Power Grid Blog
46 States to Go—A Primary Update from AAPD President and CEO Mark Perriello
February 2, 2012 | AAPD Power Grid Blog Team
On Tuesday, Florida held its primary election. Though Mitt Romney scored a decisive victory, former House Speaker Newt Gingrich delivered a strong message that the contest for the Republican nomination is far from over. His enthusiastic supporters carried signs that read “46 states to go!” Gingrich, the winner of South Carolina’s primary, discussed what he would do in the first day in office. Third-place finisher Rick Santorum, who had stopped campaigning because of a family illness, has resumed campaigning. Fourth place finisher Ron Paul spent the day in Colorado and told his supporters that they had a good chance of making an impact in the upcoming caucuses.
In other words, the candidates have signaled that the primaries are far from over, and the voters need to do the same.
In December, AAPD and our partner the National Council on Independent Living sent our presidential questionnaire to all of the presidential campaigns, including the Republican candidates and the President. As we reported in January, the questionnaire covers the following issues of significance to our community:
• What they will do to increase the number of people with disabilities in the federal workforce;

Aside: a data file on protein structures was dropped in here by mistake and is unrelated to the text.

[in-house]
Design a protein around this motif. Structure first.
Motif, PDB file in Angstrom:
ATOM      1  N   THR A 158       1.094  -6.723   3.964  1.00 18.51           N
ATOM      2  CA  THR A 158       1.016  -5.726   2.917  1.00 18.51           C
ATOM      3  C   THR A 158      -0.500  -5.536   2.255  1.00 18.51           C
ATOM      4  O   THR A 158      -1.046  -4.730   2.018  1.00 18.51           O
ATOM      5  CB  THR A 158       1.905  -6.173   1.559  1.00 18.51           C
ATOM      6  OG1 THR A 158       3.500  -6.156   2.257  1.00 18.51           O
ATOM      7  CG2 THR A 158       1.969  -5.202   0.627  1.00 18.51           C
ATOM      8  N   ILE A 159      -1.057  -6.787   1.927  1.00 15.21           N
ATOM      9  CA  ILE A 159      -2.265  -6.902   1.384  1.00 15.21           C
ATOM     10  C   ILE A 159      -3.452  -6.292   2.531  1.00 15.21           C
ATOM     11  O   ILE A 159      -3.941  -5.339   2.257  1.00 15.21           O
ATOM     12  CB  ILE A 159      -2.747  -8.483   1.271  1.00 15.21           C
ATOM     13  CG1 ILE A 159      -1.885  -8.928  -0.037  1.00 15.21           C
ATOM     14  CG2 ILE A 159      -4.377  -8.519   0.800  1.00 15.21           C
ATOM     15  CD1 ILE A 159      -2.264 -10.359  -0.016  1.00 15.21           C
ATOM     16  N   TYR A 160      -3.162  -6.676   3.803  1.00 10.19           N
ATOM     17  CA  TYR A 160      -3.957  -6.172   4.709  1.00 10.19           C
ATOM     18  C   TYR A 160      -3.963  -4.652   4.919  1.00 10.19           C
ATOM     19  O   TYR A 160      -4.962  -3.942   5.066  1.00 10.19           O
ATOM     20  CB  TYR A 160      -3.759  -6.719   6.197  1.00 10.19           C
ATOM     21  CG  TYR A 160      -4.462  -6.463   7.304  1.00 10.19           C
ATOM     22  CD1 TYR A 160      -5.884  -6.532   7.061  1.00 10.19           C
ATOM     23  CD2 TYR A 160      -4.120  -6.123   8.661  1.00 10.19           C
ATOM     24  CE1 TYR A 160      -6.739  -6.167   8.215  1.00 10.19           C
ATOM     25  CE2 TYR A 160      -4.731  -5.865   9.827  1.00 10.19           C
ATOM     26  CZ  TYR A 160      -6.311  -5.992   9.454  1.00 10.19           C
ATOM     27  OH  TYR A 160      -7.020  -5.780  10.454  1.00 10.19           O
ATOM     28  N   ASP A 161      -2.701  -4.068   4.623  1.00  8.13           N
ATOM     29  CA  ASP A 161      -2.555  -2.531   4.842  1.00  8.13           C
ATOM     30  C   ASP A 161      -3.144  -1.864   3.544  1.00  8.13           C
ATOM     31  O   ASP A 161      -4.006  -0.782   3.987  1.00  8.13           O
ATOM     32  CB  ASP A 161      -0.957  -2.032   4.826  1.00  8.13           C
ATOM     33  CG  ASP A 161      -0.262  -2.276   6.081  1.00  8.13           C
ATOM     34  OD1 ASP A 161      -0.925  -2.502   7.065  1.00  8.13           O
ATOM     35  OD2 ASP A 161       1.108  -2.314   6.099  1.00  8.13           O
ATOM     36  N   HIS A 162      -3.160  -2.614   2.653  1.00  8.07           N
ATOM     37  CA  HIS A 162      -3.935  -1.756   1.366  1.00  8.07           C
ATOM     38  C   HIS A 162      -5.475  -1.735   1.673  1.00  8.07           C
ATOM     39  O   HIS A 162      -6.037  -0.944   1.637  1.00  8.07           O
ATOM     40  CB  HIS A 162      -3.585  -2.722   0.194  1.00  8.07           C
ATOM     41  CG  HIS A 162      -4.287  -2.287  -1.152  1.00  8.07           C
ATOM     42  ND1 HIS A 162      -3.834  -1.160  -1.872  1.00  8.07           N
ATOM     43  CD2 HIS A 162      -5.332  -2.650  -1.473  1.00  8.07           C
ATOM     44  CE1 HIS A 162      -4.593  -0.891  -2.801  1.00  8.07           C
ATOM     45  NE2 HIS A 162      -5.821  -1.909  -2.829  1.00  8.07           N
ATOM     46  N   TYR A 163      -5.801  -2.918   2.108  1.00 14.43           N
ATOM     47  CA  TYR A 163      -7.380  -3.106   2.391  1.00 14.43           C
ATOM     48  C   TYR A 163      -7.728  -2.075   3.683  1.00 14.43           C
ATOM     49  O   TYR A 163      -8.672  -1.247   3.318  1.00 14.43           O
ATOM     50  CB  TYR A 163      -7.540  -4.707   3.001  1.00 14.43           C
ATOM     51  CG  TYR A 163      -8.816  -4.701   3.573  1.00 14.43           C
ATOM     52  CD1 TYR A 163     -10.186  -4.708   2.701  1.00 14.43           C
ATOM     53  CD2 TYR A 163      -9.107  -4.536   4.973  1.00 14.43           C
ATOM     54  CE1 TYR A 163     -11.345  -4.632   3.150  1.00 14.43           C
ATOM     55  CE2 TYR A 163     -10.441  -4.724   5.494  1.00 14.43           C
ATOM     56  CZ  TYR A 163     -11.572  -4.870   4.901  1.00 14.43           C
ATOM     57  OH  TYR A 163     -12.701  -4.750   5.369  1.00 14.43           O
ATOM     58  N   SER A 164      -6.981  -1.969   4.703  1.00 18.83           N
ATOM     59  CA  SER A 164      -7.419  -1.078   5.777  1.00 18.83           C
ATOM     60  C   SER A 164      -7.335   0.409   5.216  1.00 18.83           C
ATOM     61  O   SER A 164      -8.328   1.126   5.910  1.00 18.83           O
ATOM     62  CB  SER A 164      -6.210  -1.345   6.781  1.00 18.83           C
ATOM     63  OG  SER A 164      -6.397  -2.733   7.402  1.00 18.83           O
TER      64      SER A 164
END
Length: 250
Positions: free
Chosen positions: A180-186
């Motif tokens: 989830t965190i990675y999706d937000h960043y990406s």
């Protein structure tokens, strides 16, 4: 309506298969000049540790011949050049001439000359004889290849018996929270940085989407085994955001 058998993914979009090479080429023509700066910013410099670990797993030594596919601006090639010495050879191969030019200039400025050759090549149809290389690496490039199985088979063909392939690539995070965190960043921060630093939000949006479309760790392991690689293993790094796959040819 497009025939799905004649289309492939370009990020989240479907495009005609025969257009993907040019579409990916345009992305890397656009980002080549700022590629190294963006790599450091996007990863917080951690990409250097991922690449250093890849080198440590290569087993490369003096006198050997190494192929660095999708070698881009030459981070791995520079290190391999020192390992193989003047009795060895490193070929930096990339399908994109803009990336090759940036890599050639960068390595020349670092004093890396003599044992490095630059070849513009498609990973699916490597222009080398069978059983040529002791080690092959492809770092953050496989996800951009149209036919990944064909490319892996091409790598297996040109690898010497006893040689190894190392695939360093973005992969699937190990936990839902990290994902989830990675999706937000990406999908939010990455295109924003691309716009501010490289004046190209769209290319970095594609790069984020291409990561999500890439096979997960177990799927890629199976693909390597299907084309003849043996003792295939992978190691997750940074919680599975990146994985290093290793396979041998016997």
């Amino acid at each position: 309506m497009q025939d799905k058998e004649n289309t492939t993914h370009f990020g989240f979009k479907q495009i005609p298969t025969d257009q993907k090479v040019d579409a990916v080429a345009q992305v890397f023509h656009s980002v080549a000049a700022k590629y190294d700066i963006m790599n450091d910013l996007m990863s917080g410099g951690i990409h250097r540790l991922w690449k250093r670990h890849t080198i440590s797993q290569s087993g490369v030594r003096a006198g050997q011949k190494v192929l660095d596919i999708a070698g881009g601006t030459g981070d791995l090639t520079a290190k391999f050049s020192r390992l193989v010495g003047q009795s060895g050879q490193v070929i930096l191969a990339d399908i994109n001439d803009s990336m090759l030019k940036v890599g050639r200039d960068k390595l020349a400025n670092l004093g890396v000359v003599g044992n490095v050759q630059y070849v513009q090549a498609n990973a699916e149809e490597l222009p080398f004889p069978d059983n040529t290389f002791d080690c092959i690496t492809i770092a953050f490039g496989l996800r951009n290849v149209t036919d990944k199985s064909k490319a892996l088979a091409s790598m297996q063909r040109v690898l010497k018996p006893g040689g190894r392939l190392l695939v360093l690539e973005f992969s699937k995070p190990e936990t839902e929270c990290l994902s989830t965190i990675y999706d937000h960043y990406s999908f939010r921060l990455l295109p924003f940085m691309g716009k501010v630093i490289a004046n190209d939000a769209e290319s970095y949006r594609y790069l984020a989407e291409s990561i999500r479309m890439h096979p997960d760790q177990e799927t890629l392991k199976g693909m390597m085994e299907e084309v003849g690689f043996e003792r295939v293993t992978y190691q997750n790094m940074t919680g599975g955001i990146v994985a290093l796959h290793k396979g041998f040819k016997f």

• Whether they support hiring goals for federal contractors;
• Whether they will support making television, phone service, websites, and consumer electronics fully accessible to people with disabilities;
• What they will do to ensure that people with disabilities have access to tools that enable us to live in our community and fulfill our potential;
• What they will do to increase the number of students with disabilities who receive high school and college educations;
• What they will do to expand access to affordable transportation; and
• How they will ensure that people with disabilities have equal access to the vote.
The full questionnaire is available here.
To date, none of the campaigns has completed and returned its responses to our questions. 50 million Americans with disabilities and our supporters want and deserve the answers to questions that affect our health, lives, education, and freedom. An informed voter is a powerful voter. Tell the campaigns to address our priorities and let the entire country know where they stand.
Contact the candidates’ campaigns at: